Wills, Trusts & Estates Prof Blog

Editor: Gerry W. Beyer
Texas Tech Univ. School of Law

Thursday, October 1, 2020

Indiana Court of Appeals: Dead Man’s Statute Alive and Well in Trust Dispute

TrustIn Bergal v. Bergal, the Indiana Court of Appeals concluded that the Dead Man Statute still applies, however, with limitations. Milton Bergal had four children from a precious marriage. In 2009, Milton married Linda and created a new estate plan in the same year. 

In this new estate plan, Milton created a trust and executed a "new pour-over will - such that upon his death, all assets in his probate estate were to be transferred to his trust." 

Two subtracts would then be created from this trust:

  • Trust A: For Linda's benefit alone and she would be co-trustees with Milton's accountant
  • Trust B: Solely for the benefit of Milton's son, David, and David would be the sole trustee. 

Milton become sick with dementia and Alzheimer's disease. During this time, "six investment accounts were taken out of the trust and modified so that Linda was named the primary beneficiary." Linda used power of attorney to perform one of these, but Milton effectuated the other modifications.

Milton died in 2016, leading to the discovery of the changes made to the trust assets. David sued Linda after she refused to transfer the rest of the assets back to the trust. 

The trial court decided in David's favor and Linda appealed. 

The Indiana Court of Appeals did an analysis of the Dead Man Statute stating:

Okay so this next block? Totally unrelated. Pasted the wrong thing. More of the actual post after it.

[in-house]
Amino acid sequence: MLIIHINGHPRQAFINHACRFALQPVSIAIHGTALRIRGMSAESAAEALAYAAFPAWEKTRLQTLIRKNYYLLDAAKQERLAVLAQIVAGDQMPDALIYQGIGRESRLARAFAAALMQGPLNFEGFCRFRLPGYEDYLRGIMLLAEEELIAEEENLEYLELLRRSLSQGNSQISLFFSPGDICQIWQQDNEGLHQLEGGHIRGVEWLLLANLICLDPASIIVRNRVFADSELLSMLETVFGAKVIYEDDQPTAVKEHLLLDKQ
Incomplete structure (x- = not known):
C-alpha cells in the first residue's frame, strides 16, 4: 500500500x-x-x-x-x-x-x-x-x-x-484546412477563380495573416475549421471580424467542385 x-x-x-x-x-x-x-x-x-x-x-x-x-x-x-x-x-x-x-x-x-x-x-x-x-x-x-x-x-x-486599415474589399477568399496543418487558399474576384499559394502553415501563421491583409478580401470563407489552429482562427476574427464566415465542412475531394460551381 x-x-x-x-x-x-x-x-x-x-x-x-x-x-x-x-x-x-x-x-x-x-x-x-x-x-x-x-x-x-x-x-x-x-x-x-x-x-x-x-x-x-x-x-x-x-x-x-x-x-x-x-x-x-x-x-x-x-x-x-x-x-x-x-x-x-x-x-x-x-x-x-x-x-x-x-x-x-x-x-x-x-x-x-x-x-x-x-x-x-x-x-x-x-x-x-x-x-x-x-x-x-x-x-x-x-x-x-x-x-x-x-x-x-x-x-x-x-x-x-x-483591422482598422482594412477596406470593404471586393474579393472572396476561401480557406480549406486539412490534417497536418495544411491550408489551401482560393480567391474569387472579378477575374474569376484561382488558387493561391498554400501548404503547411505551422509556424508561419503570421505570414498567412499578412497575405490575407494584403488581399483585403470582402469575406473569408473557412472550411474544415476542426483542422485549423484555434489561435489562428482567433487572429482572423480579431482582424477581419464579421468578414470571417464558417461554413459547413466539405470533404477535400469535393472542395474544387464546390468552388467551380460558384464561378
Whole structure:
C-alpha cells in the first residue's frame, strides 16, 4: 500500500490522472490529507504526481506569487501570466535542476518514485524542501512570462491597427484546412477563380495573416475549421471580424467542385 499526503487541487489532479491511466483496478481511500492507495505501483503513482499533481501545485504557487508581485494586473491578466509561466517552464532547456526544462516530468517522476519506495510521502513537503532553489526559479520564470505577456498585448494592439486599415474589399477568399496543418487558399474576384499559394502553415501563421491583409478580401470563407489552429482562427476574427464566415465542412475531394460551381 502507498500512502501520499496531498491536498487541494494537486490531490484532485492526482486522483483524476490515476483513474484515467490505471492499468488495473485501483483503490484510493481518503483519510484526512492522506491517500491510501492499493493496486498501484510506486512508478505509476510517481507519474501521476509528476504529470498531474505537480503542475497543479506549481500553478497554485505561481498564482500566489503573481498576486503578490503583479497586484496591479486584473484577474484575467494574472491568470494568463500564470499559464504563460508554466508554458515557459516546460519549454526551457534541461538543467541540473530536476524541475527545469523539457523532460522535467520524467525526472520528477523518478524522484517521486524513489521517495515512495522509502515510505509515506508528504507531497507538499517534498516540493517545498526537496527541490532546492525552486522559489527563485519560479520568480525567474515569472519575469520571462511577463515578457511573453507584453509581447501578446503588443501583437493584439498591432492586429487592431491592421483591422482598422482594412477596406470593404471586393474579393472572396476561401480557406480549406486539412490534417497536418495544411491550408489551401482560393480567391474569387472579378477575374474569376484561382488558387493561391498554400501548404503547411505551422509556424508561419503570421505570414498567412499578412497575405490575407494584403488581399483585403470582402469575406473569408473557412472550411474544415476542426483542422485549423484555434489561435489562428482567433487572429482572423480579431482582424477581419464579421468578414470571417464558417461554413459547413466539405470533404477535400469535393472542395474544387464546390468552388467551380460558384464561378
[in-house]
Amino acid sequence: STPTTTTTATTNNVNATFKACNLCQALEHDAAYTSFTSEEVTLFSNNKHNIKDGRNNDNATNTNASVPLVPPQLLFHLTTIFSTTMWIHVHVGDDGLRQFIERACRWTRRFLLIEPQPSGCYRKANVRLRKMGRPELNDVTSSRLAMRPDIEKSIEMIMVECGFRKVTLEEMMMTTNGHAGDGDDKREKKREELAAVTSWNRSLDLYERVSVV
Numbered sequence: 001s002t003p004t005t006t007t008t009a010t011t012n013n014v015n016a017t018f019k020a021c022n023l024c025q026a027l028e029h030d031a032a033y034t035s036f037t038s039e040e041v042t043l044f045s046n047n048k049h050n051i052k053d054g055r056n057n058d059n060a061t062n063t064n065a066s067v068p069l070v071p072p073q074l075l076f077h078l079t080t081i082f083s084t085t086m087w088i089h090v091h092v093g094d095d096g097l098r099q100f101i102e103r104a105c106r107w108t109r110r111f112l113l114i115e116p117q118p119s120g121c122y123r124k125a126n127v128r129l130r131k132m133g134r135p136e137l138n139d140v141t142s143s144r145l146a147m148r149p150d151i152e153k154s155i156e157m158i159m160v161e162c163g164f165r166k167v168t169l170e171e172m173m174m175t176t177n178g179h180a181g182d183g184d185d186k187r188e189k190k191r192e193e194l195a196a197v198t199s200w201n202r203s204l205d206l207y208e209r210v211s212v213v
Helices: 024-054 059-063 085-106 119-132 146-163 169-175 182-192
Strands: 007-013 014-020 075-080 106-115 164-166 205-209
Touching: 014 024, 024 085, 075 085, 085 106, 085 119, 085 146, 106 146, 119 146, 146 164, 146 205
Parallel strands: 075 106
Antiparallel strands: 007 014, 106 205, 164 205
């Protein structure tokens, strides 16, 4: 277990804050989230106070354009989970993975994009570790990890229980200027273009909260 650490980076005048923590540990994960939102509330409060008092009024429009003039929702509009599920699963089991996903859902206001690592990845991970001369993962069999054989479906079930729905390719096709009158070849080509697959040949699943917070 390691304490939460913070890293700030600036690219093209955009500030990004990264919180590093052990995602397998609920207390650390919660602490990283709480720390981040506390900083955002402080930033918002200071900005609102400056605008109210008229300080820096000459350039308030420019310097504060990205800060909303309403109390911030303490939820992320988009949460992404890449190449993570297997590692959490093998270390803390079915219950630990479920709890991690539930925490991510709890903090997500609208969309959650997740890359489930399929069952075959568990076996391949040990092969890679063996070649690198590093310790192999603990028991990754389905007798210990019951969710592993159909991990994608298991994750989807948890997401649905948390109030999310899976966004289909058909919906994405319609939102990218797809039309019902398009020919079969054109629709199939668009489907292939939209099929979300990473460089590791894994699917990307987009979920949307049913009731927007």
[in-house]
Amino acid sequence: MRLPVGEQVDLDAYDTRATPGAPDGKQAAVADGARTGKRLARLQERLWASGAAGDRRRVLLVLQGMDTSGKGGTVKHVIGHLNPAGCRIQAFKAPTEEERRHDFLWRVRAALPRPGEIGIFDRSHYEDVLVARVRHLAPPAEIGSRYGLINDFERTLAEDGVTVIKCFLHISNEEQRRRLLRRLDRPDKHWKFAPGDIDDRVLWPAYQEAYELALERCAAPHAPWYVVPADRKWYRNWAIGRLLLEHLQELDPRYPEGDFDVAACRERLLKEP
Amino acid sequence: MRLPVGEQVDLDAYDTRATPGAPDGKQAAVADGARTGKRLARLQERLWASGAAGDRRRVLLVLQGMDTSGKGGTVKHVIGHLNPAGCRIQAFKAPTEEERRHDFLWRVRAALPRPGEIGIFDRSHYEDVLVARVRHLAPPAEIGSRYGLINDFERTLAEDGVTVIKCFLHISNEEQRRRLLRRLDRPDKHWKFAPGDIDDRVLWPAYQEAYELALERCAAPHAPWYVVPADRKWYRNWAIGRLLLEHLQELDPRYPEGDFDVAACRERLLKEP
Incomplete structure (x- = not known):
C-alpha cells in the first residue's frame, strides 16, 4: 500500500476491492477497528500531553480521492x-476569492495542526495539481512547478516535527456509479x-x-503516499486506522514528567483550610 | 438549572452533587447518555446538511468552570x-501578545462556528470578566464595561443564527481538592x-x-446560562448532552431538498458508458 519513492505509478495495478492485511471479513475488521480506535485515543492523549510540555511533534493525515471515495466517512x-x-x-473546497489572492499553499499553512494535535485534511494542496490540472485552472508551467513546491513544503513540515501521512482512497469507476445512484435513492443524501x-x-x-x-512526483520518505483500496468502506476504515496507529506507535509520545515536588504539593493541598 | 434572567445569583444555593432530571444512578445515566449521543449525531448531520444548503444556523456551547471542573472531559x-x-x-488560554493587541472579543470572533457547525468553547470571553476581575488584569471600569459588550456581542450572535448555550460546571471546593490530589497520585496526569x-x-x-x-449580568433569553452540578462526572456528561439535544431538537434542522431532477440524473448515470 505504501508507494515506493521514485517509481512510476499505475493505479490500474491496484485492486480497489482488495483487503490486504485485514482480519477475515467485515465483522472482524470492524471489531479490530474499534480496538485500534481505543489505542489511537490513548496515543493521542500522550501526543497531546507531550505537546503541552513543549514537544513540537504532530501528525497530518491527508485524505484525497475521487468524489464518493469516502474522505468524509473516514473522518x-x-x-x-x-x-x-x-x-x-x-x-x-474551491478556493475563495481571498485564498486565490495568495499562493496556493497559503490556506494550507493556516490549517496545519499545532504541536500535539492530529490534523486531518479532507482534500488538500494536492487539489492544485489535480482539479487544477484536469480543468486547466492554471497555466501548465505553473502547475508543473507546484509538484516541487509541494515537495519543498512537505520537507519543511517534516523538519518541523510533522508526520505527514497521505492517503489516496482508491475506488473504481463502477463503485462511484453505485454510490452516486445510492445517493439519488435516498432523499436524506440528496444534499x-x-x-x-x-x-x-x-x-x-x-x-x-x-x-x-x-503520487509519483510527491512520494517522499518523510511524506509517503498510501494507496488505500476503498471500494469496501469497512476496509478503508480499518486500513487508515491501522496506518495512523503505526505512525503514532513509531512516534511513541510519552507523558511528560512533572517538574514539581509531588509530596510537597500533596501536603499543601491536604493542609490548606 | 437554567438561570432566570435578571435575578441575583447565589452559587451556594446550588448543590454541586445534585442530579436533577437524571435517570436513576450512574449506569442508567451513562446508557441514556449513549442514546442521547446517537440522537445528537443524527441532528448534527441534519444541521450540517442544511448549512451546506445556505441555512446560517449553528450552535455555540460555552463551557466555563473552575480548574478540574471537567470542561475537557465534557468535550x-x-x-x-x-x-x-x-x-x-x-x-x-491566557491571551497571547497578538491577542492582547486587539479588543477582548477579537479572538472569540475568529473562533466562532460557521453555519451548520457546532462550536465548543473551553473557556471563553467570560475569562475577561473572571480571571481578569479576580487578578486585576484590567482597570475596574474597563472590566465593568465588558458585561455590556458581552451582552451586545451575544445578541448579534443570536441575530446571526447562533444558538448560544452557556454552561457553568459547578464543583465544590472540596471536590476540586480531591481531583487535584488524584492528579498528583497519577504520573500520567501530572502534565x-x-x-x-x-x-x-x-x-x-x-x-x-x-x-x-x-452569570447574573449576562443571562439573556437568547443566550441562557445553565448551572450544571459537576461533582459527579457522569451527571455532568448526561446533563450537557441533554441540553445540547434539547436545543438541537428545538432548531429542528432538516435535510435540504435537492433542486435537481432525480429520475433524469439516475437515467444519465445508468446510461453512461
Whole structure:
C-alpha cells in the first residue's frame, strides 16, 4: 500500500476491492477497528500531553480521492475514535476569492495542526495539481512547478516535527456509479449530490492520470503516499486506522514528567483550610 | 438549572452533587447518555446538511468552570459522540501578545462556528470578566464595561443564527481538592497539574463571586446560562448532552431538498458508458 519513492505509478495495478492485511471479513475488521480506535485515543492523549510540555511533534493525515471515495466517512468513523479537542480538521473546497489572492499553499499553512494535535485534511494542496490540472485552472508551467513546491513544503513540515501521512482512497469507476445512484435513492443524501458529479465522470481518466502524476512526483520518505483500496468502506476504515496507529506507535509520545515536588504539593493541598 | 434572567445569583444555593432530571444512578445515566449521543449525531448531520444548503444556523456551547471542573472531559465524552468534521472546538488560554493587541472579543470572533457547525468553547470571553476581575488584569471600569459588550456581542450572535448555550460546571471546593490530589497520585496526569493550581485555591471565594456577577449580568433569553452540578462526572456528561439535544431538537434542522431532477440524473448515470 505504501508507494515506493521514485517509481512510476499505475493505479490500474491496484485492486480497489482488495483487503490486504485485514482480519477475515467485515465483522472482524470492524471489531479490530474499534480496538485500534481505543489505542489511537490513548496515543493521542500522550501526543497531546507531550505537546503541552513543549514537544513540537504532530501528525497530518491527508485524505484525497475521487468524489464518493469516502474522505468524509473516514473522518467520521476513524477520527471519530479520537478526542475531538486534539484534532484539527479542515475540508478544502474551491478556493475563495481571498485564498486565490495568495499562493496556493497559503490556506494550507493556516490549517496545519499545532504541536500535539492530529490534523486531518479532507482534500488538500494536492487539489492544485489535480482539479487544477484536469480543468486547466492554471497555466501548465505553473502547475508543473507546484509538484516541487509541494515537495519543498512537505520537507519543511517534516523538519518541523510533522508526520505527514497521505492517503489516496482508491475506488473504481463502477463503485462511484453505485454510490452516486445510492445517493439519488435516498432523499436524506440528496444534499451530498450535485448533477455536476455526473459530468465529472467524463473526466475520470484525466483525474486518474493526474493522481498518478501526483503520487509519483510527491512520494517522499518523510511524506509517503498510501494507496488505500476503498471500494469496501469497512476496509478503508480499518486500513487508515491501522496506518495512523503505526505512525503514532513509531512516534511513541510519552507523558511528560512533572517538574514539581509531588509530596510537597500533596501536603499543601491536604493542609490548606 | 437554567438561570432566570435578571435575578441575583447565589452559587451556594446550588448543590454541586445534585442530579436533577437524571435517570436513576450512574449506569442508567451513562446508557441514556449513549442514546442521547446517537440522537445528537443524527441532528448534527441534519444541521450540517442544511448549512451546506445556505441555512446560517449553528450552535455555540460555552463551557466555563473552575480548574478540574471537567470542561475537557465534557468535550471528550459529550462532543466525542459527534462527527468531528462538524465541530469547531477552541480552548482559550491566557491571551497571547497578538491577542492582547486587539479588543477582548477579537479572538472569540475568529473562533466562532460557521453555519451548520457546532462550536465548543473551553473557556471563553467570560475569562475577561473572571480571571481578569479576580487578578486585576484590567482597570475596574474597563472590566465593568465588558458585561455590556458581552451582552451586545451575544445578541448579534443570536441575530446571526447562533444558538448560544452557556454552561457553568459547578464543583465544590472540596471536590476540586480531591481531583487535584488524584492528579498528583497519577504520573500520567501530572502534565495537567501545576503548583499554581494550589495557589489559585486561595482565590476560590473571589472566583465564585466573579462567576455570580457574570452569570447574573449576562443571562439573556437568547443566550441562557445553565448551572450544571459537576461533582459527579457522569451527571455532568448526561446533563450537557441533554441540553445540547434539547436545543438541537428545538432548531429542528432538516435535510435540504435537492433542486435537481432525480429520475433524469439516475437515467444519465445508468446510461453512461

"it applies in suits or proceedings (a) in which an executor or administrator is a party; (b) involving matters that occurred during the lifetime of the decedent; and (c) where a judgment or allowance may be made or rendered for or against the estate represented by the executor or administrator." and also that "when the Dead Man’s Statute applies, a person who is a necessary party to the case and whose interest is adverse to the estate is not a competent witness as to matters against the estate."

The Court of Appeals held that the Statute did apply to Milton's trust because it was "central" to his estate plan making it "akin to the estate itself."

See Sarah Jenkins & Jason M. Rauch, Indiana Court of Appeals: Dead Man’s Statute Alive and Well in Trust Dispute, Faegre Drinker, September 29, 2020.

Special thanks to Jim Hillhouse (Professional Legal Marketing (PLM, Inc.)) for bringing this article to my attention.

https://lawprofessors.typepad.com/trusts_estates_prof/2020/10/indiana-court-of-appeals-dead-mans-statute-alive-and-well-in-trust-dispute.html

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